Here’s another great idea from the baseball Brett family of George, Kenny and Bobby. Long-lasting and reasonably priced. These bats are made from 3 separate 1′ x 3′ pieces, 2 of maple and one ash piece sandwiched in between. They are then glued and power-bonded together. After the drying process, they are turned on a lathe into a very balanced and very durable bat. The patented boa fiberglass wrap is then applied to the handle to prevent much of the breakage found in single piece ash bats. It is then double-dipped in black lacquer. A great choice for any age or level of player.
Brett Brothers Stealth Bat
Brett Black Stealth bat

Wood Bat Knowledge
Here’s the stuff that too many players and coaches don’t know…
(but would rather do it the wrong way than admit it!)

Handling and Care
Extreme temperatures are probably not a good idea. Wood bats should be stored in the house and not the garage. Simply store them in the back of your closet to keep them out of the way in the off season.

Breakage and Prevention
The reality of wood bats is that any one of them can be broken. However, with some knowledge and the right bat, they have been known to last a long, long time.

The first thing to do to reduce breakage is to understand that the placement of the trademark is not by accident. As no two trees are alike, no two bats are alike either. The trademark is placed on an area which has the greatest possibility of failure. The exact opposite side of the trademark is also a place where bats will be more likely to fail too. Take a close look and you will see how the grain runs and why this is true. So the simple rule of prevention here is.Bat with LABEL UP OR LABEL DOWN. While holding a bat with two hands extended across the plate, make sure the label faces up to the sky or down to the ground.

Secondly, understand that movement of your hands will always start the swing. (Ok technically it’s the hands and the front knee). With wood, it generally takes a bit more to get the bat through the contact zone, so start your swing earlier (sooner). This is great training for many reasons; one being that you’ll be even quicker with your aluminum bat!

Know that around 70% of all bats break when hit off the end of the bat, not off the fists (hands). Your first thoughts might be that this sounds crazy because when the bat breaks you notice it tends to be near the handle, not the business-end of the bat, right?

But check out this reasoning. . .
Most hitters are right handed. Most pitchers are right handed. Pitchers in the aluminum bat era (since 1972) know that you can’t pitch inside and saw off an aluminum bat so they live on the outside corner, not having been taught to pitch inside (I hear guys say that they will come inside, but really, not many do. Who wants to hit the guy and put him on base anyway).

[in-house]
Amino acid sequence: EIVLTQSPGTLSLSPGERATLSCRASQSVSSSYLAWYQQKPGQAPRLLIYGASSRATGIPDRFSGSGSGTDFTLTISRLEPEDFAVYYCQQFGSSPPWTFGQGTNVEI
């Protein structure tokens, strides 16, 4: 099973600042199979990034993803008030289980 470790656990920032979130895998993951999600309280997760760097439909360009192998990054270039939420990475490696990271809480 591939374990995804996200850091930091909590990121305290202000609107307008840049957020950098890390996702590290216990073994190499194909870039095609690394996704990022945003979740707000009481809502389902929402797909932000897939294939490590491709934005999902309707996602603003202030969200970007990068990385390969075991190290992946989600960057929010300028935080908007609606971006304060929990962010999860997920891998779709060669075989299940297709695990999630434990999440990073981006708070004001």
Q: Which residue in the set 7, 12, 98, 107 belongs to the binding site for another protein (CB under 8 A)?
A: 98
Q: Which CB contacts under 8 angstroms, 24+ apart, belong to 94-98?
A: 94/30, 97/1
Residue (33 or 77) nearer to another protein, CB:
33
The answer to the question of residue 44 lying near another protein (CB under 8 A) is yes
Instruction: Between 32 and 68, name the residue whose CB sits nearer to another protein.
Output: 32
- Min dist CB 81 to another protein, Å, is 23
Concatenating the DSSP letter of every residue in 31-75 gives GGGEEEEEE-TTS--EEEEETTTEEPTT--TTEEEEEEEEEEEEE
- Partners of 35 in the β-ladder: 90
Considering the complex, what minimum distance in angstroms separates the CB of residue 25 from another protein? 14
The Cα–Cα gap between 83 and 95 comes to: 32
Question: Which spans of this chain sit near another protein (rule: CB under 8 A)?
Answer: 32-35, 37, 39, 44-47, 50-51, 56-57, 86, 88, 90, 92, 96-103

Also, what’s the second pitch that you see so many guys throw?.The hard, hopefully for them, late-breaking curve or maybe the slider. And which direction do these break? Away from the right handed hitter!!! Many of them making contact on the end of the bat. And where does the bat tend to break?.Near the thinner part, the handle!

Repairing Broken Bats
I learned this from Dave Cook of Hoosier Bat Company (and NY Yankee scouting fame). In the old days a broken bat was brought back to life with whatever you could find in Dad’s toolbox. A combination of nails, screws and electrical tape is all that it took. Of course, some breaks being worse than others, you tried to make it last the best you could.

Well, now that you are player-enough to understand the value of hitting with wood, let’s see if you can learn the value of fixing rather than throwing away (and coughing up another $49) and replacing your wood bat.

First, you place one hand on either side of the break and over the corner of a work table, attempting to open the wound. If it’s a small or hairline fracture you can try to enlarge the wounded area by sliding the side of a knife down into the affected area. BE CAREFFUL AND DON’T FORCE THE SHARP KNIFE!

Now that you have enlarged and opened the area, fill the crack by squeezing some Elmer’s woodworking glue or something similar (even the plain old Elmer’s glue if that’s all you’ve got).

Clamp it with whatever you’ve got handy. A wood worker’s vice would be best but whatever kind of clamp or vice you have will do.

Let it completely dry, then take it out to hit.

Note: Now that you know to hit with either “label up or label down,” you may want to change the label direction that you normally hit with so if you hit label up, try it label down. Good luck. and quit swinging at balls that are too far inside or outside!
Pine Tar and Other Sticky Subjects